The battle for the last mile: the challenges of getting access and building connections
The challenge of delivering billions of packages globally is already being met by Amazon, while Alibaba is achieving the same thing in China and, in their modest way, online vendors in France and the rest of Europe are all attempting to follow suit. The entire question of the ferocious battle being fought in the online retail sector can be summed up in the fight for control over the famous last mile: how is it possible to ensure that a package arrives exactly where it is supposed to be, at the time that the end customer expects?
How is it possible to ensure that a package arrives exactly where it is supposed to be, at the time that the end customer expects?
The idea that customers have, that retail is now available everywhere and at all times, promising that almost anything can be delivered anywhere and at almost any time, represents a risk for many brands and businesses. There have, therefore, been two different strategic concepts, either created on the basis of the product offering or drawn from experience. However, studies show that customers are ready to buy other products than those initially selected purely because the other product can be delivered faster and more conveniently. Let’s not forget that 72% of consumers blame the online store for late delivery and that over half would not order again if they had a poor delivery experience!
What are the challenges of the last mile?
The first involves distance. The concept of proximity, or the ability to reduce distance, has become a genuine source of competitive advantage. A kilometre is a vast distance for a consumer. Similarly, customers can no longer wait a few hours to receive their deliveries. In France, home delivery at a precise time is customers’ number one priority: a local pick-up point comes a distant second, challenging the distribution model that major retailers believed they could impose.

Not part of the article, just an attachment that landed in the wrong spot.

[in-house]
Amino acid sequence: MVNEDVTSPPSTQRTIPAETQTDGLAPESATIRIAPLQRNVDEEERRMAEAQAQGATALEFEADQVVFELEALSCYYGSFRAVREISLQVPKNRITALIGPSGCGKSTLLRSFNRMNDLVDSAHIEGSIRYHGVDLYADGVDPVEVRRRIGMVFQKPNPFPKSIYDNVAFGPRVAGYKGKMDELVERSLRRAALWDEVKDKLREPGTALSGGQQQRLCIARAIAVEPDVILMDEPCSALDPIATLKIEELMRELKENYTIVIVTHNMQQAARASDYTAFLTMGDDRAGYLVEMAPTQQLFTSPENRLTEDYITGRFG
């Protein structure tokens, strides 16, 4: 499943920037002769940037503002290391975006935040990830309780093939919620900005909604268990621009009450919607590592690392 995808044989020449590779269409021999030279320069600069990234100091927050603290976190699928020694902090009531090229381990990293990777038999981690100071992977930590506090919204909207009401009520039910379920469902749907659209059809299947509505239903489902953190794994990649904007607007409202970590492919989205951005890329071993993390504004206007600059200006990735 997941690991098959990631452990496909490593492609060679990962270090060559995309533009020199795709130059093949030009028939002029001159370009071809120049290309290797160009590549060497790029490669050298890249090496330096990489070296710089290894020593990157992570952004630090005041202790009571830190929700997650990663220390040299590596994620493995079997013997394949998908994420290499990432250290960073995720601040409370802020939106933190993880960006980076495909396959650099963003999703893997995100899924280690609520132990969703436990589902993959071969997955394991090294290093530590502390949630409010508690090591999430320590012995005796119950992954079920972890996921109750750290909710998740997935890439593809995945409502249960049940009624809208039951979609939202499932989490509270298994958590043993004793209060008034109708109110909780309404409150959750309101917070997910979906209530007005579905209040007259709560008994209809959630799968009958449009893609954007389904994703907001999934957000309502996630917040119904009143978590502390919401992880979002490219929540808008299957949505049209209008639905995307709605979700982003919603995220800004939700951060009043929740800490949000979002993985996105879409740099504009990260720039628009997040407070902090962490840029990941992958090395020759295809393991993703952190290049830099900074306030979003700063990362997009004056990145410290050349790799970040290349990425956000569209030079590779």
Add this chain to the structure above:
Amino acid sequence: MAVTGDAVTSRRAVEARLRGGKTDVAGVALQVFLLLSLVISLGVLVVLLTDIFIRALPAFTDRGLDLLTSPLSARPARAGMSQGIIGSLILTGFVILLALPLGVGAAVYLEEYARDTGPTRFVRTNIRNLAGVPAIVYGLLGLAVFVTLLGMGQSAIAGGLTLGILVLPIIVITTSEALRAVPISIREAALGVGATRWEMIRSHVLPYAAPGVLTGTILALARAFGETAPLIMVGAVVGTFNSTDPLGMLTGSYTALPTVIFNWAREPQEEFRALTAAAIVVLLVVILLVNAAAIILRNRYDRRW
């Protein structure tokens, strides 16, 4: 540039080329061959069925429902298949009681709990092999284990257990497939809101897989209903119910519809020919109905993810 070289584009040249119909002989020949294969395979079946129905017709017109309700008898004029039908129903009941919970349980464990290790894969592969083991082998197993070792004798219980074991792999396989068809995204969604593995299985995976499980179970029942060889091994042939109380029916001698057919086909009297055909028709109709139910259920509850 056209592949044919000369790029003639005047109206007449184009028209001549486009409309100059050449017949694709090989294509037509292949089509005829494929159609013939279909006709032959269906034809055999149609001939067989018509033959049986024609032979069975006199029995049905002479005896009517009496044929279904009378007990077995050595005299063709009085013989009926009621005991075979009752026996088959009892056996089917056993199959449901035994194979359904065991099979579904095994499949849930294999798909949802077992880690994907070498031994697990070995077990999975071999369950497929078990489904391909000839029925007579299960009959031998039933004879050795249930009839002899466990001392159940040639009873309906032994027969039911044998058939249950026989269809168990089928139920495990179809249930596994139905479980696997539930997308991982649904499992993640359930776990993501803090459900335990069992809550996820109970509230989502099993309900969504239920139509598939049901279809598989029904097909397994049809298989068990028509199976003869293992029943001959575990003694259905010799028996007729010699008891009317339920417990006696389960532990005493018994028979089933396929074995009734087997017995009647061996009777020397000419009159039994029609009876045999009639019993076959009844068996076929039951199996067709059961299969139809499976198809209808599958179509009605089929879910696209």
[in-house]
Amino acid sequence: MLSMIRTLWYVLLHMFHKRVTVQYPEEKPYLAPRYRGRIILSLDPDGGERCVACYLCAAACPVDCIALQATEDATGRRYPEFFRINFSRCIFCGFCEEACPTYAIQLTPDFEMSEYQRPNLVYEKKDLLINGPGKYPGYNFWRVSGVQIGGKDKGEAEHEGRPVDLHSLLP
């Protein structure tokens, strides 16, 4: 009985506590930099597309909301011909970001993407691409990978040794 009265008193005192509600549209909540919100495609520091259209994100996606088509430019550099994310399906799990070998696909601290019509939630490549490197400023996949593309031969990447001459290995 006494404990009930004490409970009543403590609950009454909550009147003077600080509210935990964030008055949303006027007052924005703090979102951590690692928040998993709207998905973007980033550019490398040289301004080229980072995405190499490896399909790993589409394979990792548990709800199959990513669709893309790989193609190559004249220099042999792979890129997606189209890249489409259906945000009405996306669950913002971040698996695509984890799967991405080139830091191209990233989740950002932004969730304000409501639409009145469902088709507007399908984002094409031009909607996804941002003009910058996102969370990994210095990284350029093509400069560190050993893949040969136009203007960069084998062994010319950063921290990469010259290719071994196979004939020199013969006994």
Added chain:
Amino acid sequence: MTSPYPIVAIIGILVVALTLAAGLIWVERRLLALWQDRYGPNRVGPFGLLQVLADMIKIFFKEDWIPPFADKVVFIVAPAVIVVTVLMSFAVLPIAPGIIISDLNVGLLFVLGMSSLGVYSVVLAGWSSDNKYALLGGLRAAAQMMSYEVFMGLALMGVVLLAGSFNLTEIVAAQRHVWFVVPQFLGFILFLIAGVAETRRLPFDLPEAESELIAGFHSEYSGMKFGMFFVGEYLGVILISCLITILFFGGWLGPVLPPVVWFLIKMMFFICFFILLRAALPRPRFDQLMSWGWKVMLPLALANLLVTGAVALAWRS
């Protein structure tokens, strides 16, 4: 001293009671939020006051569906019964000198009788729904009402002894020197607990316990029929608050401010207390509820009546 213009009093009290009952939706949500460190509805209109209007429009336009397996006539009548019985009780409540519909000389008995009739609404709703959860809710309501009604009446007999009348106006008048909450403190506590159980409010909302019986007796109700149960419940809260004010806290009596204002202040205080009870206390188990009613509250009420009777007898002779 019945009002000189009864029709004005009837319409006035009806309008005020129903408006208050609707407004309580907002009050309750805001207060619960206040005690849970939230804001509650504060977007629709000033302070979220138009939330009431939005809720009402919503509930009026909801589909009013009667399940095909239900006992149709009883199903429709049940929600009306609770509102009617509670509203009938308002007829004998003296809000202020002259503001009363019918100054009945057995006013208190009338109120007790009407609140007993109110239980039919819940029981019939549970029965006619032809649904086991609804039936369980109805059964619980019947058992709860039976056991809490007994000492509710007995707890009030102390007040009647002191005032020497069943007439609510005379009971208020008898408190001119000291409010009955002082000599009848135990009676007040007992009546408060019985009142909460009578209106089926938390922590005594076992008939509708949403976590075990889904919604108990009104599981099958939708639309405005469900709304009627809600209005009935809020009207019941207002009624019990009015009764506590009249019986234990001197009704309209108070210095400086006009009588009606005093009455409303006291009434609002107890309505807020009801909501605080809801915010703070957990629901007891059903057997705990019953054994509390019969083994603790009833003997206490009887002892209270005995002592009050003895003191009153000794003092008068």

Cost is a key factor: in other words, if deliveries are more reliable, and projected delivery times are more accurate, the overall cost is demonstrably less. The cost of a note showing a missed delivery, or the cost of a second delivery attempt, are punitive and frustrating for the customer experience. If an online retailer can limit the distance travelled and optimise the time taken to complete each delivery, success is guaranteed. Easy access to the product is a core expectation on the part of the customer.
How can the last mile be optimised?
The concept of a continuous connection with the customer is clearly understood to be an essential one. Not only must the package be tracked continuously: constant communication between the supplier, the courier, and the customer must flow naturally, with a flexible approach and relevant information. The quality of information and the speed with which it is conveyed, combined with ultra-accurate geolocation of both packages and customers, are key success factors in this crucial task. Meanwhile, customers are willing to give up their data to work closely with suppliers to improve their purchasing experience. As for retailers, they must be capable of processing information, interacting with their couriers, and ensuring that their products are fully traceable. Technical solutions are already operated by all market players, efficiency gains are still possible by integrating the advances that are made possible by technologies such as Artificial Intelligence and the Internet of Things.
To read also: The market of the last mile is rapidly evolving